Starcraft 2 is known for having a more mature gaming base, and so playing it can be more pleasant than others such as Counter-Strike, WoW or Call of Duty, because there is less more openly racist and sexist profanity. But at the same time, that doesn't mean that these issues are not there.

Recently a scandal in the SC2 community developed over the actions of a caster named Orb, who used racist statements most importantly the word "nigger" while streaming (publicly broadcasting his games online), and attacking other players. SC2 players produced screenshots and went through replays of his looking for any evidence and found several examples of him taunting or attacking other players using clearly racist terms. He denied this at first saying another player had used his account without him knowing it, but eventually it was determined that he had indeed been using such language on his stream. He had just been picked up as a caster by a major esports company, Evil Geniuses or EG recently and so this was a very big deal as it could cost him quite a bit. Going through the threads for Team Liquid, the most prominent SC and SC2 forum site, I saw alot of division over how to handle this. Many said, as expected that it simply didn't matter. That things aren't that racist now, people should let things go, and that it isn't worth him being fired over. Others said it was a big deal and that he should be castigated in someway since, that sort of behavior isn't appropriate for someone who wants to be a celebrity in esports.

It was determined that Orb had indeed made the comments that he was accused of, and as a result he was fired from EG with a warning that he would never be hired back by them. I read the message from the EG CEO Alex Garfield, and was amazed at it. I had heard of Garfield before, but didn't know that he had taken classes during college in Ethnic Studies and Social Justice and had graduated with a degree in Black Studies. I was expecting some corporate statement on this is not acceptable and because of sponsors and so on. Instead I read the letter below, which invokes so many concepts central to critical studies of race. It makes a distinction between racism as something only an individual chooses to express and as a system that assigns value to one person over another. He even breaks down why using racist language, even if racism isn't supposed to be an issue anymore is wrong. It was a joy to read, and I hope it educated a few nerds out there, who think of esports as being a place where these things don't exist or shouldn't be addressed. I've pasted it below, and I'm sure I'll be using it somewhere in my research.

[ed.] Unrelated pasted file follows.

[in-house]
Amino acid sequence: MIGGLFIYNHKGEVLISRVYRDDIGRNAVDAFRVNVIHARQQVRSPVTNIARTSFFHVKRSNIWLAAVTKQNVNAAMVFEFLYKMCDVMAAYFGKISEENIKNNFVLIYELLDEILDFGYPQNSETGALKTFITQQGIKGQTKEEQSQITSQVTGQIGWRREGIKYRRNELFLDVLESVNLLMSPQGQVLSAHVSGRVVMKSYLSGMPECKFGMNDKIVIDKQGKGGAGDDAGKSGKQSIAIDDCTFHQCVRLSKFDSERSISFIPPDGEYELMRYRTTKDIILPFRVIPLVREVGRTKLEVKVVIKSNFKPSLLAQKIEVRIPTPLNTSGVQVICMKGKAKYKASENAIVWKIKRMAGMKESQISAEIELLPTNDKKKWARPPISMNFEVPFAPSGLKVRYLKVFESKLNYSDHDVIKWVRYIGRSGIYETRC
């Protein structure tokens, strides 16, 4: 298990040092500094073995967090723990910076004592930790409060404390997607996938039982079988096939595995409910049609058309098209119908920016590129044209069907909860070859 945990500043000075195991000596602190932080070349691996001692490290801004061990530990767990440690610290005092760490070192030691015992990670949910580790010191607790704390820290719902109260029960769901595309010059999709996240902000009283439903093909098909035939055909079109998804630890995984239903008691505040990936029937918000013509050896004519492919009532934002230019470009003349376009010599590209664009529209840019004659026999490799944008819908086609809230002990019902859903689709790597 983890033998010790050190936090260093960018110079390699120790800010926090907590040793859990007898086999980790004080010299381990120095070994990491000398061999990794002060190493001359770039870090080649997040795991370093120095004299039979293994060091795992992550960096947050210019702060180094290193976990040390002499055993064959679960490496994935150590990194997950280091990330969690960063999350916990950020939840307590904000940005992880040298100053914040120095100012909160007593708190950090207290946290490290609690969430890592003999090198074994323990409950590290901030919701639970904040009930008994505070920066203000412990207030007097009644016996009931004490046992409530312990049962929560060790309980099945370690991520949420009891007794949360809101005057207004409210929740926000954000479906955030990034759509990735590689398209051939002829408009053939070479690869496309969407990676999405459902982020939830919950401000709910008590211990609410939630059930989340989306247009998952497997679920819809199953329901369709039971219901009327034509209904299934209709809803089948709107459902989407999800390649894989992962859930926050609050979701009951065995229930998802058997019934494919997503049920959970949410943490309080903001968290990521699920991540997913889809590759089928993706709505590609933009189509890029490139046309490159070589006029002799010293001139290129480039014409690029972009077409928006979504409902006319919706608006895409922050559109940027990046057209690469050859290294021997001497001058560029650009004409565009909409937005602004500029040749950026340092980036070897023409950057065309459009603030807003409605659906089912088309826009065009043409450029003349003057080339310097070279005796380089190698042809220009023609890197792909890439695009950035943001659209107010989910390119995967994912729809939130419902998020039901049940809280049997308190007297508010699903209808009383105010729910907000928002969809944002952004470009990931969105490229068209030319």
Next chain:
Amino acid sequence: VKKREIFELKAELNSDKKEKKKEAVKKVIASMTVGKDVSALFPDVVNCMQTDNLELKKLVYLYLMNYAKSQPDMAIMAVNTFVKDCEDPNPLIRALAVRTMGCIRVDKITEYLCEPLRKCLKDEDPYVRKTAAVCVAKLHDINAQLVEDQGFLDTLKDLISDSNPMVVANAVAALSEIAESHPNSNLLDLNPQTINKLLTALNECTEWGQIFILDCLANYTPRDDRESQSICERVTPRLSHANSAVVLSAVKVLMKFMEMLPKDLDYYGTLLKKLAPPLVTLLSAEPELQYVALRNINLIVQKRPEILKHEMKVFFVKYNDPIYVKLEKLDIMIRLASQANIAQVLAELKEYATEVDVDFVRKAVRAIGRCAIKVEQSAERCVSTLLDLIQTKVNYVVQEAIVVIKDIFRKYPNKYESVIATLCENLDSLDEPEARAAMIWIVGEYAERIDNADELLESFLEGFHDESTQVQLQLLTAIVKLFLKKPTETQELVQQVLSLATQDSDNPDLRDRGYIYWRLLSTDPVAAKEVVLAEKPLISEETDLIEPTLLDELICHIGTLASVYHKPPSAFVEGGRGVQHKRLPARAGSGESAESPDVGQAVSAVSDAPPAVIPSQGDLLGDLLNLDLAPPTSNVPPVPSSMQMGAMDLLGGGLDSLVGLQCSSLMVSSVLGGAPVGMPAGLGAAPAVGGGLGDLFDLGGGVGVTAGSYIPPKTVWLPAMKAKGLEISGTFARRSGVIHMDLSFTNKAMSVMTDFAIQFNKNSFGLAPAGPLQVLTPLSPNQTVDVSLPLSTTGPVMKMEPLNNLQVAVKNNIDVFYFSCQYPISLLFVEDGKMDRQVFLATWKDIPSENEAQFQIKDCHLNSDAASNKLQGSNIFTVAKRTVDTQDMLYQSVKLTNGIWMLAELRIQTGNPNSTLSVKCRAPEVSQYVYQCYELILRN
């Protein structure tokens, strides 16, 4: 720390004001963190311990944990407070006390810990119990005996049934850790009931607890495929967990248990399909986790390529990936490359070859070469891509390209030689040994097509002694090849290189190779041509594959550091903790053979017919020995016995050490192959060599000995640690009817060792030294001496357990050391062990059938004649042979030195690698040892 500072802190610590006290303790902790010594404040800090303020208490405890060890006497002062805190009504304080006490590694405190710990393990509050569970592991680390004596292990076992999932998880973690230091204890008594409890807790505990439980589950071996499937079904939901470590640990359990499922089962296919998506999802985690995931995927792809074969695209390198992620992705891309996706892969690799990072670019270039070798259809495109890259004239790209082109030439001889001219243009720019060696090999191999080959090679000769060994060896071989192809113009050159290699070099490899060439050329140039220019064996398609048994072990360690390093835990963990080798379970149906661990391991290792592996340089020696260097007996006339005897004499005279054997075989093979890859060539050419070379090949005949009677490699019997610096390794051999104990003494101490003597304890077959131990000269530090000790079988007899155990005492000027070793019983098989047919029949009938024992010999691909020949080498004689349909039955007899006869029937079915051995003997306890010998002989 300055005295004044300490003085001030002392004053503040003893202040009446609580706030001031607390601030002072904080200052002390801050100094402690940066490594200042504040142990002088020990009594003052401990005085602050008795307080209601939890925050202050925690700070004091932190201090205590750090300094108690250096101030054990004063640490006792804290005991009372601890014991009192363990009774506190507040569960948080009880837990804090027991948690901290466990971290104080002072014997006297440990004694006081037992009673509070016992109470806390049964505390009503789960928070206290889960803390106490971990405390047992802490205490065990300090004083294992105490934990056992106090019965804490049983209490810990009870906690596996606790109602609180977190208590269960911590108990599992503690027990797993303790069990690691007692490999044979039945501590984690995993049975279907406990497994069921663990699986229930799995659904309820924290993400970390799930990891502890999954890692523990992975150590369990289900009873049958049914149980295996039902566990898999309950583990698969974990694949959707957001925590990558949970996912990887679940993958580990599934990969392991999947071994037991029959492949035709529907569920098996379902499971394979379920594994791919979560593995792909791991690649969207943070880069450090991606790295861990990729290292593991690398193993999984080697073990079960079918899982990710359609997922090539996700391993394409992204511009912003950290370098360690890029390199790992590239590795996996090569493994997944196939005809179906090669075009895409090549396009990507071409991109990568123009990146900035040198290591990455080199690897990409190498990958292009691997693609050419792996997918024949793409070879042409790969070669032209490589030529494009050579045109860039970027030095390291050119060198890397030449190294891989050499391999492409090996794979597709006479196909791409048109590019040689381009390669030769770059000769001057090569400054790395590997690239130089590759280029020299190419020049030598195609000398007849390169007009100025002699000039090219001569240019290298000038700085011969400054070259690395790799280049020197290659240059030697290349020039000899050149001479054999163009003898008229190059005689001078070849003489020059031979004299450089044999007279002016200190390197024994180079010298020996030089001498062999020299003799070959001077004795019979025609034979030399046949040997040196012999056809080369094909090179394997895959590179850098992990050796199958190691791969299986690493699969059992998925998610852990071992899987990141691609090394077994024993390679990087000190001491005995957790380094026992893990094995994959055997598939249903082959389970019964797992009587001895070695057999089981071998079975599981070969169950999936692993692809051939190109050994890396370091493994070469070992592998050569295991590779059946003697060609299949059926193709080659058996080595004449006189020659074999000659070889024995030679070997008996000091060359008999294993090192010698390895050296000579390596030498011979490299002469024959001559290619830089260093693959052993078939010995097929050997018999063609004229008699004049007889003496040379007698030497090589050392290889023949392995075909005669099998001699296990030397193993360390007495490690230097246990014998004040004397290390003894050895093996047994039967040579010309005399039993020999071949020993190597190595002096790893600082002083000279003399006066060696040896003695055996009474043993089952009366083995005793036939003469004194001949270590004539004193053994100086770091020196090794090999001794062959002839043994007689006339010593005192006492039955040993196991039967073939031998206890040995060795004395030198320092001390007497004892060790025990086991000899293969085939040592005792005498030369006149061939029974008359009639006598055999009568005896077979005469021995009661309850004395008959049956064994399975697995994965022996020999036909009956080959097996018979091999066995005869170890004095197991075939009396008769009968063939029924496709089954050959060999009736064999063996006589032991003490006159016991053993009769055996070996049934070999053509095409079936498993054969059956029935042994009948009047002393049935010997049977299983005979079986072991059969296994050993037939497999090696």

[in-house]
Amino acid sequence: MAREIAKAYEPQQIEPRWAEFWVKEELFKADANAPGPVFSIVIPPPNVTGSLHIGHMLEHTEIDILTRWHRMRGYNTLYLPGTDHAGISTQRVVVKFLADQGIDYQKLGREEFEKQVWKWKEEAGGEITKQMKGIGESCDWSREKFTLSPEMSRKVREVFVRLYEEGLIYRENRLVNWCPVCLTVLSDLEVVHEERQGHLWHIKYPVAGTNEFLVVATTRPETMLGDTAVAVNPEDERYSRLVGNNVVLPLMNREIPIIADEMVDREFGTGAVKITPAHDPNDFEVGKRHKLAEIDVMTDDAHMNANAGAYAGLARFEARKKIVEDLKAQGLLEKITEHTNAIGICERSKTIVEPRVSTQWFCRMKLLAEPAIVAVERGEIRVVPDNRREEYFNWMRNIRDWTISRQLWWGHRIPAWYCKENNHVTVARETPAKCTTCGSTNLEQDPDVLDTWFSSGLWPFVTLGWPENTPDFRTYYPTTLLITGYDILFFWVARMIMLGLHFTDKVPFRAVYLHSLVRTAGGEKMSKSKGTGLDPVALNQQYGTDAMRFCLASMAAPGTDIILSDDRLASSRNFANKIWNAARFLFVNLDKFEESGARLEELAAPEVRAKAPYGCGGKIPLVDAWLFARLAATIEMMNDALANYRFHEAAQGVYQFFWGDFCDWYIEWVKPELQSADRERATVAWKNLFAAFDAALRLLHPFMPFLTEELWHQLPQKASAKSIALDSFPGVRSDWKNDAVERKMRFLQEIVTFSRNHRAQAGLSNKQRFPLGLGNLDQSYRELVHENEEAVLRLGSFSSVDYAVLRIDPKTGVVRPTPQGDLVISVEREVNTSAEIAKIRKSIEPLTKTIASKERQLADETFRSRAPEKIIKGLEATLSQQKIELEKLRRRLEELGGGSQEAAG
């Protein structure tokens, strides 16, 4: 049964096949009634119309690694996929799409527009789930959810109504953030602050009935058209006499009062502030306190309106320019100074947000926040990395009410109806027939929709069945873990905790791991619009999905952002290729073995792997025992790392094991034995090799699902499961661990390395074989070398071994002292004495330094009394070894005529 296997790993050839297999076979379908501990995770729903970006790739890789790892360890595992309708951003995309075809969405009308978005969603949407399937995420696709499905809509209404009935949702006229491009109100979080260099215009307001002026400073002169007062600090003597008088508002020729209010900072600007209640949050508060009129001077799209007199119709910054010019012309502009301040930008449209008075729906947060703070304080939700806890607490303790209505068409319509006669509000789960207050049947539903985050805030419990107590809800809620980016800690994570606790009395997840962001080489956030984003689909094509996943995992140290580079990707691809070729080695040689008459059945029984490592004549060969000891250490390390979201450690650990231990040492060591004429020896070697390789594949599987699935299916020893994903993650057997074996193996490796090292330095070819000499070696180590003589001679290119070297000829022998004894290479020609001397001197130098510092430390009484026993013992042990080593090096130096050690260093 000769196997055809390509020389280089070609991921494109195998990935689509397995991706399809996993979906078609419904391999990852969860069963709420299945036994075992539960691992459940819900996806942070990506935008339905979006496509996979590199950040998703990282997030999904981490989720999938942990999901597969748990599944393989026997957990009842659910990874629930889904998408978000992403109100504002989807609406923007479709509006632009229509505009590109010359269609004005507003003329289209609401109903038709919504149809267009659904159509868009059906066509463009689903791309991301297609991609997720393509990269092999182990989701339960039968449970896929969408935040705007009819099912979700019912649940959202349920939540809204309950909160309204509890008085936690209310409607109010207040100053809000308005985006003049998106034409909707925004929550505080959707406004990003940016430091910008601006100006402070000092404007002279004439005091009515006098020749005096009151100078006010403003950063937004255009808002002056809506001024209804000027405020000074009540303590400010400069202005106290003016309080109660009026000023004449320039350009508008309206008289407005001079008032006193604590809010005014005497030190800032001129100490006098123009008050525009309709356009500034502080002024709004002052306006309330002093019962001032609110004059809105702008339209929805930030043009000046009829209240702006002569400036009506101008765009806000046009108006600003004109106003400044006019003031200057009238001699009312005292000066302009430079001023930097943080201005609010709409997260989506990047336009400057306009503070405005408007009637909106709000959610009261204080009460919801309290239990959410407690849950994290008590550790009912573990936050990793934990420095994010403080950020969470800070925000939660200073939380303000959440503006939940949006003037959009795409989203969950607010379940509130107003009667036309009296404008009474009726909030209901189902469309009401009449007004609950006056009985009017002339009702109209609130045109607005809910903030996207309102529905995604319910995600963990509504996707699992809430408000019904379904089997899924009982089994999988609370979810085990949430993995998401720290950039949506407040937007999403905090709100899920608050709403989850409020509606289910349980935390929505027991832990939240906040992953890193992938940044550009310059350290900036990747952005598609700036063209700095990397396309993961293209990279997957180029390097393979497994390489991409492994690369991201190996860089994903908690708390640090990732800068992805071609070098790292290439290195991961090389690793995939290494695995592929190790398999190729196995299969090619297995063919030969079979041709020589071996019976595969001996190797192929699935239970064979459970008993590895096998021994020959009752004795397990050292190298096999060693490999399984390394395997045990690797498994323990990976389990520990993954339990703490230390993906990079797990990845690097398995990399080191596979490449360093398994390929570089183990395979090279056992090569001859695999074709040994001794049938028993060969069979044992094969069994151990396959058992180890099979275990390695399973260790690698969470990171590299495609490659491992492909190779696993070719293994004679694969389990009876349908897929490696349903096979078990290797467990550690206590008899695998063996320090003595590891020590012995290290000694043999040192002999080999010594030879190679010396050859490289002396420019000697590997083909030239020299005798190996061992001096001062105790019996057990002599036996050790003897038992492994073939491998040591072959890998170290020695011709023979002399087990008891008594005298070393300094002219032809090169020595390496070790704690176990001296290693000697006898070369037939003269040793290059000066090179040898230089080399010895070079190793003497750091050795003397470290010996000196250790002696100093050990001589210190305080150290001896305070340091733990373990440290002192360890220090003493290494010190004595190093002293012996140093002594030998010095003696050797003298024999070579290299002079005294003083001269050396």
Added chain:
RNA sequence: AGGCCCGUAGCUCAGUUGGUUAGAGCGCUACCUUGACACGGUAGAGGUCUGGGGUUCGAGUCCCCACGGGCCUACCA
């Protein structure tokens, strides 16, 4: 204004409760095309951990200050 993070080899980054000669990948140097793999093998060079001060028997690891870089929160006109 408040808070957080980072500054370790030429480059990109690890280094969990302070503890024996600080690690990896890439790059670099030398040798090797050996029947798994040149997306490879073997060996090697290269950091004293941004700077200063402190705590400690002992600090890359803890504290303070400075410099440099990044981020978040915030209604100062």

But for now, because of the critique yan teimemtom of their CEO, Hu guaiya EG. I love EG. I think I may go order a t-shirt from them later today.


Back in 2003, a group of well-known Counter-Strike players (mostly White and Asian) decided that it would be fun to masquerade as an African-American Counter-Strike team. They created fake names, used fake profile pictures, and proceeded to compete in an entire season of league play while pretending to be African-American. When the players were finally exposed, the Counter-Strike community reacted to the incident with more amusement than anything else, and I - an avid member of the CS community at that time - was shocked and offended. I expressed my shock and disappointment in an op-ed, which was received somewhat controversially. While I was disappointed enough in the community's initial reaction to the incident, I was even more disappointed at its reaction to my comments. It was extremely disheartening to witness the cultural values, or lack thereof, being displayed by my peers.

Almost ten years later, I am a proud member of the StarCraft community, a culture which I find to be far more intelligent, conscious, and respectful than the Counter-Strike community was in 2003. And, while what I'm about to say may be odd to hear, given that EG's sponsors have been bombarded with complaints from StarCraft fans and players over the past 24 hours, I can say with complete honesty and sincerity that I have never been prouder to call myself a member of the StarCraft community than I am at this moment. I'll explain why further down in this write-up, but first, bear with me as I offer some context.

My undergraduate degree is in Black Studies, Sociology, and Social Justice. And, while I'll never claim to understand what life is like from the perspective of anyone other than a straight, White guy, I'd like to think that I have a pretty solid academic understanding of how race and racism function in contemporary society. My own credentials aside, I think it's really important to point out that racism today is not what it once was; not in the sense that it is any less widespread, or that it has any less of an impact on people's lives, but rather, in the sense that it functions very differently today compared to how it functioned twenty, thirty, forty, or more, years ago.